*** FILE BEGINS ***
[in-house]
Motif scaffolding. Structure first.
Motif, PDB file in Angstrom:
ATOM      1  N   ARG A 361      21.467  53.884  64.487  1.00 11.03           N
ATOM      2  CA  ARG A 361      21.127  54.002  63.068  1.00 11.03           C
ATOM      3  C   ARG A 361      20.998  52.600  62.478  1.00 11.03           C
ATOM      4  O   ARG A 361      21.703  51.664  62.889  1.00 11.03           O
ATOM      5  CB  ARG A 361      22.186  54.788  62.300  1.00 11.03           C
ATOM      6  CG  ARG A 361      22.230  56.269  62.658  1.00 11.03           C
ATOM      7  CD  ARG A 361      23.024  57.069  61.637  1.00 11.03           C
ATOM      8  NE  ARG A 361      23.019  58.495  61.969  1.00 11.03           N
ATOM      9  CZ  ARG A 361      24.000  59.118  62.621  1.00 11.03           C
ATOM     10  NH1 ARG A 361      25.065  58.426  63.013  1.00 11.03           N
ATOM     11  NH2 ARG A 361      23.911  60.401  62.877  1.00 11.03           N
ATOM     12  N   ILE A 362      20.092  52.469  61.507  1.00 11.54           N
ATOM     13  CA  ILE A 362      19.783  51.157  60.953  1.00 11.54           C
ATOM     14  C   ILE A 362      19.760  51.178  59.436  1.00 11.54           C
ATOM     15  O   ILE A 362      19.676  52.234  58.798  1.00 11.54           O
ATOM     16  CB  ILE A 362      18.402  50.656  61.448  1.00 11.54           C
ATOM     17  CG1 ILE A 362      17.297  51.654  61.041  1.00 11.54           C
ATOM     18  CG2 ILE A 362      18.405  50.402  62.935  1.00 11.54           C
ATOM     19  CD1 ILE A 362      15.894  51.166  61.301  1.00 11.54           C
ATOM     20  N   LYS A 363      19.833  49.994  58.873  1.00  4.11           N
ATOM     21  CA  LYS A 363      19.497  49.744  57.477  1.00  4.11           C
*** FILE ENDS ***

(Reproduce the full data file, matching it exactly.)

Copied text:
[in-house]
Motif scaffolding. Structure first.
Motif, PDB file in Angstrom:
ATOM      1  N   ARG A 361      21.467  53.884  64.487  1.00 11.03           N
ATOM      2  CA  ARG A 361      21.127  54.002  63.068  1.00 11.03           C
ATOM      3  C   ARG A 361      20.998  52.600  62.478  1.00 11.03           C
ATOM      4  O   ARG A 361      21.703  51.664  62.889  1.00 11.03           O
ATOM      5  CB  ARG A 361      22.186  54.788  62.300  1.00 11.03           C
ATOM      6  CG  ARG A 361      22.230  56.269  62.658  1.00 11.03           C
ATOM      7  CD  ARG A 361      23.024  57.069  61.637  1.00 11.03           C
ATOM      8  NE  ARG A 361      23.019  58.495  61.969  1.00 11.03           N
ATOM      9  CZ  ARG A 361      24.000  59.118  62.621  1.00 11.03           C
ATOM     10  NH1 ARG A 361      25.065  58.426  63.013  1.00 11.03           N
ATOM     11  NH2 ARG A 361      23.911  60.401  62.877  1.00 11.03           N
ATOM     12  N   ILE A 362      20.092  52.469  61.507  1.00 11.54           N
ATOM     13  CA  ILE A 362      19.783  51.157  60.953  1.00 11.54           C
ATOM     14  C   ILE A 362      19.760  51.178  59.436  1.00 11.54           C
ATOM     15  O   ILE A 362      19.676  52.234  58.798  1.00 11.54           O
ATOM     16  CB  ILE A 362      18.402  50.656  61.448  1.00 11.54           C
ATOM     17  CG1 ILE A 362      17.297  51.654  61.041  1.00 11.54           C
ATOM     18  CG2 ILE A 362      18.405  50.402  62.935  1.00 11.54           C
ATOM     19  CD1 ILE A 362      15.894  51.166  61.301  1.00 11.54           C
ATOM     20  N   LYS A 363      19.833  49.994  58.873  1.00  4.11           N
ATOM     21  CA  LYS A 363      19.497  49.744  57.477  1.00  4.11           C